at1with0 wrote:Self-modifying code is self-aware already. It needs to be in order to be able to change itself.
Machines will achieve human-level intelligence by 2028 (median estimate: 10% chance), by 2050 (median estimate: 50% chance), or by 2150 (median estimate: 90% chance), according to an informal poll at the Future of Humanity Institute (FHI) Winter Intelligence conference on machine intelligence in January.
at1with0 wrote:Self-modifying entails self-awareness.
It has to be aware of what it is in order to change what it is.
Did I ever say that self-modifying code has human-like sentience?
Sentience and self-awareness are not identical.
Most experts would not consider that a robot is really selfaware
just because it can visually recognize its own motion
or itself in a mirror since a program specifically designed to
achieve that kind of recognition without having a genuine
awareness capacity can be developed. The ability to visually
recognize one-self is not enough for achieving selfawareness.
Self-recognition can be a side-effect of selfawareness,
but not a pre-requisite. We believe a robot needs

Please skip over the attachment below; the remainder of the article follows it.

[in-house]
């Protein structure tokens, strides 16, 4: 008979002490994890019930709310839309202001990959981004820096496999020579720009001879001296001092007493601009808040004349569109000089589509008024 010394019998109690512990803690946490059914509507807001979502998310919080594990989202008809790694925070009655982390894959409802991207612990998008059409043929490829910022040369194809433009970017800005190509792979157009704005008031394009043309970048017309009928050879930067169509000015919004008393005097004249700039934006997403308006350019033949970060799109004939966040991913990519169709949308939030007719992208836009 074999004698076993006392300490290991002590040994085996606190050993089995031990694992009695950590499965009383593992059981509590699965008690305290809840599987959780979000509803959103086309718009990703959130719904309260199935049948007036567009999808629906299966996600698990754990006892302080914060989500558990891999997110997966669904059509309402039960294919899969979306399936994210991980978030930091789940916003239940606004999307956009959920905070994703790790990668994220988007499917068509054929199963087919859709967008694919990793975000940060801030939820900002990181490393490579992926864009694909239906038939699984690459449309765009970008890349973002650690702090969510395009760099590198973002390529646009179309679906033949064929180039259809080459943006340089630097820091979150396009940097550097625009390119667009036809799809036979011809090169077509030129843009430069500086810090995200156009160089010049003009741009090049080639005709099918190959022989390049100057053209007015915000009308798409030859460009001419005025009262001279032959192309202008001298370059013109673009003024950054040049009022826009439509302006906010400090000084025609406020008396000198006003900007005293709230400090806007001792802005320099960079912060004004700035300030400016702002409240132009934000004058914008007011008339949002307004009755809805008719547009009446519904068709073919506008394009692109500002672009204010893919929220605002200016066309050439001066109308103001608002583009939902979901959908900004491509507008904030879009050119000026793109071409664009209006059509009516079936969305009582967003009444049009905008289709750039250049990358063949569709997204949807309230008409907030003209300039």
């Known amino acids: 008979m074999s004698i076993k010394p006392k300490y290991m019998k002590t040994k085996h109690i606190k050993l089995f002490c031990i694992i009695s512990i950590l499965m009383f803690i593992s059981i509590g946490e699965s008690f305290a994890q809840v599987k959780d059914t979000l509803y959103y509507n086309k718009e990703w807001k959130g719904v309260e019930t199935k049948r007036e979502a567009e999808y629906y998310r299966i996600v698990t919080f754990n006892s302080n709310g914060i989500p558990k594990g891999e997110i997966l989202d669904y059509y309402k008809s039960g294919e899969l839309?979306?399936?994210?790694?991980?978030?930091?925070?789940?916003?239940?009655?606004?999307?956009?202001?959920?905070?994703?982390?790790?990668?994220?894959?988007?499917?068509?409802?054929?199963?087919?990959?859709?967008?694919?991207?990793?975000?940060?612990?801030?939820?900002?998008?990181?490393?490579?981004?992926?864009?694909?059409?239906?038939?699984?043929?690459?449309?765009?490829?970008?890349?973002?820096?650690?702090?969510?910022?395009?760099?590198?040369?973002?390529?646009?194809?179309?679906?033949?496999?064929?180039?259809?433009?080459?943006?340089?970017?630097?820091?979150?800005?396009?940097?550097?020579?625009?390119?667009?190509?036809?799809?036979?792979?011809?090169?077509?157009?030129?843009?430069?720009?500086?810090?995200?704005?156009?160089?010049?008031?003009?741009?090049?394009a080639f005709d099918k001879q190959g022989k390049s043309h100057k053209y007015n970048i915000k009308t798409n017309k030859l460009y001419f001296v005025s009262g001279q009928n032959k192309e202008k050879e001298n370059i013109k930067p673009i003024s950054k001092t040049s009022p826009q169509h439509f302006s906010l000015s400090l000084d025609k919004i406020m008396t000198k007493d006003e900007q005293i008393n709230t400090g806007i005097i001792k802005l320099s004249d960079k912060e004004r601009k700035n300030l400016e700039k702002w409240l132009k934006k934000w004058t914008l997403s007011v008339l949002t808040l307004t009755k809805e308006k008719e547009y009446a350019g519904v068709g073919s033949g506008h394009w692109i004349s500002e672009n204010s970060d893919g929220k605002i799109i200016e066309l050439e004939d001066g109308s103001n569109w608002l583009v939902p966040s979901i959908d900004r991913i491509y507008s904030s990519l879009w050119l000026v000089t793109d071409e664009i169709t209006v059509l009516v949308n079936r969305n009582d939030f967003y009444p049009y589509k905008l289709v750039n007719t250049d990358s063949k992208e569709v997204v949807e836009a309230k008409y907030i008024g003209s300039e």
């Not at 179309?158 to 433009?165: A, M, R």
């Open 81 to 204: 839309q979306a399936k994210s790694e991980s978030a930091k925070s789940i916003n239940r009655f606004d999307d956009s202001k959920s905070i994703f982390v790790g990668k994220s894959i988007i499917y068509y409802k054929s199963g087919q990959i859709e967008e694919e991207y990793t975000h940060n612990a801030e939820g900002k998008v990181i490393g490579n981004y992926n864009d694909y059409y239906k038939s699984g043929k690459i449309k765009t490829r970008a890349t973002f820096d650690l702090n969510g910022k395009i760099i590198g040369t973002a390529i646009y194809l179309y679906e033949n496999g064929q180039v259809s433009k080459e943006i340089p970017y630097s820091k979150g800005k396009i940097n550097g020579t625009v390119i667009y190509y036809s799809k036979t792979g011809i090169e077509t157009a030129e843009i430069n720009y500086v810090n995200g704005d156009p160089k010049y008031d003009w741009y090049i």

a capability to attend to its internal states in order to be selfaware.
Current approaches as described in the previous
section do not focus on directing a robot’s attention to its
own internal processes. If we add an attention process to a
robot so that it can focus on processes that happen internally
during self-recognition activities then we would consider it
to be self-aware. What is crucially important is not the
ability to recognize itself in a mirror (e.g. a visual inverted
reflection), but rather to be aware of its own emotions,
perceptions, beliefs and intentions during the recognition
process. If a robot has totally lost all of its outward facing
sensations, it may not be aware of its environment (external
awareness), however it can still be aware of itself (selfawareness).
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